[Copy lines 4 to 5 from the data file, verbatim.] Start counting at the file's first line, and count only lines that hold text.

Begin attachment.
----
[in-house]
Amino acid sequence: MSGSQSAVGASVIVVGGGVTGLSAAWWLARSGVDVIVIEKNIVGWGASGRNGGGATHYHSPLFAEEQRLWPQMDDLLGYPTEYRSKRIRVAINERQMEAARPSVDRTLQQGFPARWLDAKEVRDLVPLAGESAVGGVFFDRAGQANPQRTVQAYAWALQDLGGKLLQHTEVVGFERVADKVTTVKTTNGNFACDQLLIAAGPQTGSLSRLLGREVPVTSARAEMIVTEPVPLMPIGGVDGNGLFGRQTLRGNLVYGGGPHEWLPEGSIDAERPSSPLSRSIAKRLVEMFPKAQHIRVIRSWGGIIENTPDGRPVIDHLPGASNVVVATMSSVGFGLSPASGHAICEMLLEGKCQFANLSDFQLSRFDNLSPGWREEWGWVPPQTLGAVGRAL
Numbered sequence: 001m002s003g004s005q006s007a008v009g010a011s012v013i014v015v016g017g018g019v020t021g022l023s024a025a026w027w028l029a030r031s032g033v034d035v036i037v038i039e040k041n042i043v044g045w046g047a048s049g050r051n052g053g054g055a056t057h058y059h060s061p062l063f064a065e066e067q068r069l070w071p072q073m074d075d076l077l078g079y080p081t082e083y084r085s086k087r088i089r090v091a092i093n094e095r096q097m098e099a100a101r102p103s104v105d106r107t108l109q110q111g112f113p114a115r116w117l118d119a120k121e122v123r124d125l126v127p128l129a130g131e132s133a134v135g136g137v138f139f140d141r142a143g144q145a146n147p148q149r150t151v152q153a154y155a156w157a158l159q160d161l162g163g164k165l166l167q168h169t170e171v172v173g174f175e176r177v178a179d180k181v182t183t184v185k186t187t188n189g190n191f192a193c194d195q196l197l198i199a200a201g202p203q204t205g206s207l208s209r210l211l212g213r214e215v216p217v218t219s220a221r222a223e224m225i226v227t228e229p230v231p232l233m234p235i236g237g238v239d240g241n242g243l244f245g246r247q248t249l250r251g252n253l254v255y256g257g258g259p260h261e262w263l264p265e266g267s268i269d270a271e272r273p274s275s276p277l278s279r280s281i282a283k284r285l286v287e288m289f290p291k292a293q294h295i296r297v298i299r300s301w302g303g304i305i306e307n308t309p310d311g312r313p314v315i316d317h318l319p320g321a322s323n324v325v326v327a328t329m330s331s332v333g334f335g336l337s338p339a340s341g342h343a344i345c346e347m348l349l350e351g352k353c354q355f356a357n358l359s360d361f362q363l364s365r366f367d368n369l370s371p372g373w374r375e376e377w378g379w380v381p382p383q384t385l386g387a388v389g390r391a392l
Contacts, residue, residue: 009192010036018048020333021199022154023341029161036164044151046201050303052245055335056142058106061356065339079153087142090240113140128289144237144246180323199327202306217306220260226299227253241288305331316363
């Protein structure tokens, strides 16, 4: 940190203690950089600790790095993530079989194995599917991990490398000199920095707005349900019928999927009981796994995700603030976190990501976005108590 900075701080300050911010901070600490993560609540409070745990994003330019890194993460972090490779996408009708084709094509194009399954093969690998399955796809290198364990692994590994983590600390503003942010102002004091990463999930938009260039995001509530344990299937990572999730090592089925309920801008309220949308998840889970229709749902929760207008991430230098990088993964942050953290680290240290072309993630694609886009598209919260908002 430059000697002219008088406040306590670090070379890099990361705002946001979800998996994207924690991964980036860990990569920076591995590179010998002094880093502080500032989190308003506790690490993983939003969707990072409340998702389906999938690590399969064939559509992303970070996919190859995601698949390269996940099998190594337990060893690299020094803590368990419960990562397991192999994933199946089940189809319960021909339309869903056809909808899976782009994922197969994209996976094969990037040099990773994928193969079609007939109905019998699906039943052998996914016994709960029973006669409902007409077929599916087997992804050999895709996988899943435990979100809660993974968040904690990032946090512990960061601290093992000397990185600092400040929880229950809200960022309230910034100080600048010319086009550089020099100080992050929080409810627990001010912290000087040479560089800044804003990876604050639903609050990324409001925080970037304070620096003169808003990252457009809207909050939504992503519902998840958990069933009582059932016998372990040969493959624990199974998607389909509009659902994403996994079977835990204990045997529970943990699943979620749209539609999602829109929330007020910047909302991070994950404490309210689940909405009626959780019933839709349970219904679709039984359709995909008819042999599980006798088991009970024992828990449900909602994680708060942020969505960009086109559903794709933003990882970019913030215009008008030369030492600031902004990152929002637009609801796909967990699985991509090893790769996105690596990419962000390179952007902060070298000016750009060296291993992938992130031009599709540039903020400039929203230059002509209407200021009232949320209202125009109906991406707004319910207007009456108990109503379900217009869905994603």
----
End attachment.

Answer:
Contacts, residue, residue: 009192010036018048020333021199022154023341029161036164044151046201050303052245055335056142058106061356065339079153087142090240113140128289144237144246180323199327202306217306220260226299227253241288305331316363
């Protein structure tokens, strides 16, 4: 940190203690950089600790790095993530079989194995599917991990490398000199920095707005349900019928999927009981796994995700603030976190990501976005108590 900075701080300050911010901070600490993560609540409070745990994003330019890194993460972090490779996408009708084709094509194009399954093969690998399955796809290198364990692994590994983590600390503003942010102002004091990463999930938009260039995001509530344990299937990572999730090592089925309920801008309220949308998840889970229709749902929760207008991430230098990088993964942050953290680290240290072309993630694609886009598209919260908002 430059000697002219008088406040306590670090070379890099990361705002946001979800998996994207924690991964980036860990990569920076591995590179010998002094880093502080500032989190308003506790690490993983939003969707990072409340998702389906999938690590399969064939559509992303970070996919190859995601698949390269996940099998190594337990060893690299020094803590368990419960990562397991192999994933199946089940189809319960021909339309869903056809909808899976782009994922197969994209996976094969990037040099990773994928193969079609007939109905019998699906039943052998996914016994709960029973006669409902007409077929599916087997992804050999895709996988899943435990979100809660993974968040904690990032946090512990960061601290093992000397990185600092400040929880229950809200960022309230910034100080600048010319086009550089020099100080992050929080409810627990001010912290000087040479560089800044804003990876604050639903609050990324409001925080970037304070620096003169808003990252457009809207909050939504992503519902998840958990069933009582059932016998372990040969493959624990199974998607389909509009659902994403996994079977835990204990045997529970943990699943979620749209539609999602829109929330007020910047909302991070994950404490309210689940909405009626959780019933839709349970219904679709039984359709995909008819042999599980006798088991009970024992828990449900909602994680708060942020969505960009086109559903794709933003990882970019913030215009008008030369030492600031902004990152929002637009609801796909967990699985991509090893790769996105690596990419962000390179952007902060070298000016750009060296291993992938992130031009599709540039903020400039929203230059002509209407200021009232949320209202125009109906991406707004319910207007009456108990109503379900217009869905994603």